Exercise as You Age: The Best Decision You Can Make for Your Health
Physical activity and exercise are good for you – at every age. For older adults, being physically active is vital to health and the ability to remain independent. Even those who are frail or suffer from the ailments and disabilities common among elders can improve their health with moderate levels of activity.
Exercise is medicine. It can help you control your body weight, your blood pressure and your cholesterol levels. It can reduce your risk of cardiovascular disease and strengthen your muscles and bones to combat osteoporosis and reduce the risk of falling. It can also improve your brain function and help prevent or slow the progression of memory loss, cognitive decline, and dementia. Physical activity may even help you sleep better.
With these benefits well established, why doesn’t every older adult exercise regularly? Some think that it’s too late to start or they’re afraid they don’t have the stamina required or that exercise will be harmful in some way. Others are concerned about the cost to join a gym or the need for special equipment. It’s never too late, and in fact you are putting your health at risk by not exercising regularly.
Getting started can be intimidating for anyone who hasn’t been active in a long time but starting slowly with low-level activity for brief periods is unlikely to be harmful for most people. As we age, it is always indicated to have a physical exam, get clearance from your doctor. The physical therapist can determine the safest plan of activity. For many, the only equipment you need at first is a pair of comfortable shoes with non-skid soles.”
What kind of exercise is best for elders?
There are four types of exercise that address the four primary areas in which older adults lose ground when they are inactive. A program that incorporates all four types can help maintain these capabilities or even reverse losses.
- Endurance, or aerobic, activities increase breathing and heart rate and improve the health of the heart, lungs and circulatory system. The best choices for elders are walking, cycling, swimming, stair climbing, and dancing. The Centers for Disease Control and Prevention recommend that adults over the age of 65 get 150 minutes per week of moderate-intensity aerobic activity, again the level of activity is best determined by the physical therpist. After about six weeks at that level of aerobic exercise, most people report reduced fatigue and improved breathing.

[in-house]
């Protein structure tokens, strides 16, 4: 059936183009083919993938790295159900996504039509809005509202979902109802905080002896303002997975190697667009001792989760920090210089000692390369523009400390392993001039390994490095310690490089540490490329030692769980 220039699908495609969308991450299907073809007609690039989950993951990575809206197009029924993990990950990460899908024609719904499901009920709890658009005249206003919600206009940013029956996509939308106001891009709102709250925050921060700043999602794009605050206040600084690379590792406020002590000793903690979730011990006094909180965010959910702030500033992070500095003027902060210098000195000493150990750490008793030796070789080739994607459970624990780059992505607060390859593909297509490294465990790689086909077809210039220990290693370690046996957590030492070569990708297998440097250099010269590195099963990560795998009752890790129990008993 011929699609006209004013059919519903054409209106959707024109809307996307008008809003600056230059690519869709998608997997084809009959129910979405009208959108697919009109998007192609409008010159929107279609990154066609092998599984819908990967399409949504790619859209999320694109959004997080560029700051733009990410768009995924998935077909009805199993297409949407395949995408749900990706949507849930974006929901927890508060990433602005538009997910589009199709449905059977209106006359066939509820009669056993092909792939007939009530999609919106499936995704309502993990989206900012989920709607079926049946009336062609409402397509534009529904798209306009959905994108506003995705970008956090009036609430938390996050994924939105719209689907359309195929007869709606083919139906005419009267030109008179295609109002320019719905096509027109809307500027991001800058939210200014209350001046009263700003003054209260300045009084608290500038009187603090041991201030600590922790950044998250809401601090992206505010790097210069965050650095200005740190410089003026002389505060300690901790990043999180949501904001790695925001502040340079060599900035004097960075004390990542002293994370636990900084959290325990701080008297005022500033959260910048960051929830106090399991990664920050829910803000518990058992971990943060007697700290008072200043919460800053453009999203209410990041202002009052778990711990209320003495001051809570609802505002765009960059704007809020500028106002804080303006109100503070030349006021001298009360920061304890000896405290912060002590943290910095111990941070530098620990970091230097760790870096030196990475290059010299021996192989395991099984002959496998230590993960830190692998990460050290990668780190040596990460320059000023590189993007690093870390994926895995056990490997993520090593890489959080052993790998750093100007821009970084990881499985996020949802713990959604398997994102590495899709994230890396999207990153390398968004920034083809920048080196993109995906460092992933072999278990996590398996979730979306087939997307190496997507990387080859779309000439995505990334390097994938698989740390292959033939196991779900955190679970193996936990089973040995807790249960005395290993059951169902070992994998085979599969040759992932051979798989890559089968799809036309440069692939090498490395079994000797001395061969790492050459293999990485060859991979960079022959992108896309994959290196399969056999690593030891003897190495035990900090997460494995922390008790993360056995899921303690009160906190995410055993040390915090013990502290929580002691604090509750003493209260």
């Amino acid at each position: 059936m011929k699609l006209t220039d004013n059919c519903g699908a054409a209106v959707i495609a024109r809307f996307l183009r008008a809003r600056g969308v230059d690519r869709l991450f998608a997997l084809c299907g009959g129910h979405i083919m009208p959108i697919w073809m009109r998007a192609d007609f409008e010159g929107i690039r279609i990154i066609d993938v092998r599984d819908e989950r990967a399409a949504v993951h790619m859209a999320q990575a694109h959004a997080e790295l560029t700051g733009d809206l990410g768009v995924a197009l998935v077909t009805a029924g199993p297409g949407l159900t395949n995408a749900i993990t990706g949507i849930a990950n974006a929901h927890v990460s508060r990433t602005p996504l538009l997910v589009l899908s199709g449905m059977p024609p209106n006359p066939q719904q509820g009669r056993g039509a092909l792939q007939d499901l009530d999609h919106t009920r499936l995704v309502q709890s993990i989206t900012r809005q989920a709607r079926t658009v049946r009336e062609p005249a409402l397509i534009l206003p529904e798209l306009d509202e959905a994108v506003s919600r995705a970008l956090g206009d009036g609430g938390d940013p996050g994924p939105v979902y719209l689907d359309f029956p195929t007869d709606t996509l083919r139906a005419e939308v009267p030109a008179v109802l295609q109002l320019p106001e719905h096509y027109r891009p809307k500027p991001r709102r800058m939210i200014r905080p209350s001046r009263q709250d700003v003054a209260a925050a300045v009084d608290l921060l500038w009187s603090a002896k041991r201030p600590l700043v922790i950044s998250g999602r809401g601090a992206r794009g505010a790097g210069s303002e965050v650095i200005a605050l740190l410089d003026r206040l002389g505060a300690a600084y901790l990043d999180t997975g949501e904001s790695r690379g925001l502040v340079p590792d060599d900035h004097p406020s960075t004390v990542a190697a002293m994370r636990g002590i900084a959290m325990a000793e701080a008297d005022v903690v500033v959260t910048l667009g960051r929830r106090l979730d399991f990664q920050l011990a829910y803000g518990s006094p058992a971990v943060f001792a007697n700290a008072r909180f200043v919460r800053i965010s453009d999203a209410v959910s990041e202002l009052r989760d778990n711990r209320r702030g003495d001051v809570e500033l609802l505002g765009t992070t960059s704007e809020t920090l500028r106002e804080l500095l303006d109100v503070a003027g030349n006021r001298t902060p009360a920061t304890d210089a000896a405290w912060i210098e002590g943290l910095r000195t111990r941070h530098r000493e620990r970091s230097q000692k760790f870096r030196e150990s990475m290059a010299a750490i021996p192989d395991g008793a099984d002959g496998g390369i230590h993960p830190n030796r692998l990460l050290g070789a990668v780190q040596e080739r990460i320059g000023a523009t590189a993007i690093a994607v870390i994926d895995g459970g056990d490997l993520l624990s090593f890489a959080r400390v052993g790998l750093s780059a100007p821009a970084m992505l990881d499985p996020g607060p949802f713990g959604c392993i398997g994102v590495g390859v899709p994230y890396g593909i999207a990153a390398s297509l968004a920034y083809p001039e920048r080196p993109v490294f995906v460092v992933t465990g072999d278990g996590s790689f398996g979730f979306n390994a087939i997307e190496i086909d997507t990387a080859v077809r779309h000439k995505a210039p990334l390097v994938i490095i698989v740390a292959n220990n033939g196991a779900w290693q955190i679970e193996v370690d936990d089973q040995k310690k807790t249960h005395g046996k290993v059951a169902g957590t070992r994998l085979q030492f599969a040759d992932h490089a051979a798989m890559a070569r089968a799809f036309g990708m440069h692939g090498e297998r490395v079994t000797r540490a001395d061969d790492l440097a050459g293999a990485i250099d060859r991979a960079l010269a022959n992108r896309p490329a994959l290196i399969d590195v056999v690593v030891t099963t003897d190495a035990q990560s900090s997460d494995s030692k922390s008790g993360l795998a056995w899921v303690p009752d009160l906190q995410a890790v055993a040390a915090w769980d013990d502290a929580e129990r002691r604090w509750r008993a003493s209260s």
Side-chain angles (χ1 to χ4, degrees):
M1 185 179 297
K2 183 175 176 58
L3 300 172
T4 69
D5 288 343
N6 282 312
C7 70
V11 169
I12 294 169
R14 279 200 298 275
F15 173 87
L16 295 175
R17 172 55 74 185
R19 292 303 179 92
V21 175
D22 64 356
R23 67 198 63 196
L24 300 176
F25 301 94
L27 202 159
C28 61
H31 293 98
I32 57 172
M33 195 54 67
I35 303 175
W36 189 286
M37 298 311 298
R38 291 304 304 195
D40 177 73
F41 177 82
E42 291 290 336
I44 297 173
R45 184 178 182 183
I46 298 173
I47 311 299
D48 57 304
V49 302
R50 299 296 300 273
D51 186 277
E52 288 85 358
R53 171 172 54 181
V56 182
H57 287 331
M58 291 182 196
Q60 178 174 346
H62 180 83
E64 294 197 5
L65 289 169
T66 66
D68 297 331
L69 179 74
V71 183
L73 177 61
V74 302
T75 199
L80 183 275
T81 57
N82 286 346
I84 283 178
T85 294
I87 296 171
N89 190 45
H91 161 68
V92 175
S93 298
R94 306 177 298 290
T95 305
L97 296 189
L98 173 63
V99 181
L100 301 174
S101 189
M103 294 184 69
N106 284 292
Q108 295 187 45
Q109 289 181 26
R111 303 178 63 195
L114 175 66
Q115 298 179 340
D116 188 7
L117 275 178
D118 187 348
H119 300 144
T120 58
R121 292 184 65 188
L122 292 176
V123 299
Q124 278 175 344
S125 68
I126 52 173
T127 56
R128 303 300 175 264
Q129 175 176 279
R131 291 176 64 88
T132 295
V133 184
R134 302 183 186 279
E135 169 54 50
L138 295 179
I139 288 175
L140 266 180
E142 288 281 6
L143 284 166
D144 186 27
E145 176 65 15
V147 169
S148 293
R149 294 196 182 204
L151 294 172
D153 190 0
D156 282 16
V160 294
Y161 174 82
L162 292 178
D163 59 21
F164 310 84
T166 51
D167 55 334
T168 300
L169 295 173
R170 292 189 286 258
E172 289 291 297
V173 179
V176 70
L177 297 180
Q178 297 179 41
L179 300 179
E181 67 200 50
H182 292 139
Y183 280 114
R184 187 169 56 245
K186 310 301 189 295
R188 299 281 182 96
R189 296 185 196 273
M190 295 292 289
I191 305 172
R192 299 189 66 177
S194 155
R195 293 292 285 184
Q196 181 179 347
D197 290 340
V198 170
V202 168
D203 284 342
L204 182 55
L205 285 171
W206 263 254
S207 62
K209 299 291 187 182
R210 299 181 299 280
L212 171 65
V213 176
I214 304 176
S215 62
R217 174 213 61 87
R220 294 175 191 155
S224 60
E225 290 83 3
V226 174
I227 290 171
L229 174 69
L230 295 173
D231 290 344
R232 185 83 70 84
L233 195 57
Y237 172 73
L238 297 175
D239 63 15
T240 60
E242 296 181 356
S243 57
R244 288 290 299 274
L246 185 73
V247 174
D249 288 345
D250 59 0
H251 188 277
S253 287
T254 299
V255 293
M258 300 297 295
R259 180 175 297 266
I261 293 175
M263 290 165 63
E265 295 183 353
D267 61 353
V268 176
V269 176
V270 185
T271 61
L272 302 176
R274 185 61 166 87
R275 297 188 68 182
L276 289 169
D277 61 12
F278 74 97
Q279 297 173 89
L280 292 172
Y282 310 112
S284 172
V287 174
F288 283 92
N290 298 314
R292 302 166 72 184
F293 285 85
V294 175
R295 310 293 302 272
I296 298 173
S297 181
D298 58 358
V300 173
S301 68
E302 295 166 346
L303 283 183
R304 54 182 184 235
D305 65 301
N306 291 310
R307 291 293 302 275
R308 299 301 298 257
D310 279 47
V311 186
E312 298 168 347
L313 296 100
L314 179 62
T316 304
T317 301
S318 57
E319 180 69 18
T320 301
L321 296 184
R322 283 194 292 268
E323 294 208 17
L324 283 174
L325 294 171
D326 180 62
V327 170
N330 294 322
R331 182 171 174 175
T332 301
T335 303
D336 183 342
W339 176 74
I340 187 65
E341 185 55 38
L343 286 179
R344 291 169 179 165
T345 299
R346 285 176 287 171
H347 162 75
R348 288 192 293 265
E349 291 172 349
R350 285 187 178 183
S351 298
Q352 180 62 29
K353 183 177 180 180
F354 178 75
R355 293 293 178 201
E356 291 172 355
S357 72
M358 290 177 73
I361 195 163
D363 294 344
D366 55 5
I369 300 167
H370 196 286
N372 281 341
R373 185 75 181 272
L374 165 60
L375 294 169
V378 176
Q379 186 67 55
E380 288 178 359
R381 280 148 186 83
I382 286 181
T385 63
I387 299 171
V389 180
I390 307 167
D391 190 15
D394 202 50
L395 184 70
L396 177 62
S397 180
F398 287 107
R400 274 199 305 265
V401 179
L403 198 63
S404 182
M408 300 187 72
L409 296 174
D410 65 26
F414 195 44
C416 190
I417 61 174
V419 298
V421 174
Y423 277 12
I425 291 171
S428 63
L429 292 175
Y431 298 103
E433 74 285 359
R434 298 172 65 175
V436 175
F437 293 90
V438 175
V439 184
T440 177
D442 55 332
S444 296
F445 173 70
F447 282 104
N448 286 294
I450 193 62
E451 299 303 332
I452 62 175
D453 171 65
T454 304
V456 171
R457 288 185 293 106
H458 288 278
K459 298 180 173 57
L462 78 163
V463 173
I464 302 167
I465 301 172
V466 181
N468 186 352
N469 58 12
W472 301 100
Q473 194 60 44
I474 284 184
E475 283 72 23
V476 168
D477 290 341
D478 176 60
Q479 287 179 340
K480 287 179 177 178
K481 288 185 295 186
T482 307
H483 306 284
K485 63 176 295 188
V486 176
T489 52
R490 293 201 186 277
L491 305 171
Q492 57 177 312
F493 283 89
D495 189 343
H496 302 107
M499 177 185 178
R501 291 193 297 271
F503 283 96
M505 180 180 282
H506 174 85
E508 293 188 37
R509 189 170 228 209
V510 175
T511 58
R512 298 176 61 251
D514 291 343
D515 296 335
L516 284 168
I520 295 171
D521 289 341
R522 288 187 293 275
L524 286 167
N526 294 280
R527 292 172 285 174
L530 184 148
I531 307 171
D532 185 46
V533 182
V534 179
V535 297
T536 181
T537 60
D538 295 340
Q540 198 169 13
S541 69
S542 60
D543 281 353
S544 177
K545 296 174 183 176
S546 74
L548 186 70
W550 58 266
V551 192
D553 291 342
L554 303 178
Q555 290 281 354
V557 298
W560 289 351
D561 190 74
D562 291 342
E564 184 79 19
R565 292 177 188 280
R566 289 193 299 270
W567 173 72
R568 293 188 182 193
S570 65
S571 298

- Strength exercises that work all the major muscle groups – legs, hips, back, abdomen, chest, shoulders, and arms – help prevent loss of bone mass, build muscle, and improve balance. Strength training, per the therapist, with weights or resistance bands is important in avoiding falls and making it easier to get out of a chair, lift a bag of groceries, open a jar, or climb a flight of stairs. The CDC recommends strength-training workouts at least twice a week.
- Balance exercises are key to avoiding falls and the injuries that result. According to the CDC, more than 2.5 million older Americans are treated in emergency rooms every year for the injuries resulting from falls. Yoga, tai chi, and similar exercises help improve balance.
- Flexibility, or stretching, exercises help the body stay limber and improve freedom of movement, making it easier to do everyday things like bend over, reach a high shelf, or look over your shoulder when driving.
Older adults can achieve good general fitness in as little as thirty minutes a day, It’s important to incorporate all four types of exercise or activity in your routine. You can start slowly and build your endurance, strength, balance and flexibility gradually. Regular exercise or physical activity will reduce the risk of illness, injury and infirmity, increase your mental capacity, and improve your overall well-being. Put simply, staying active will make you feel better!
Elizabeth Landsverk, MD, is founder of ElderConsult Geriatric Medicine, a house-calls practice in the San Francisco Bay Area that addresses the challenging medical and behavioral issues often facing older patients and their families. Dr. Landsverk is board-certified in internal medicine, geriatric medicine and palliative care and is an adjunct clinical professor at Stanford University Medical School. http://www.elderconsult.com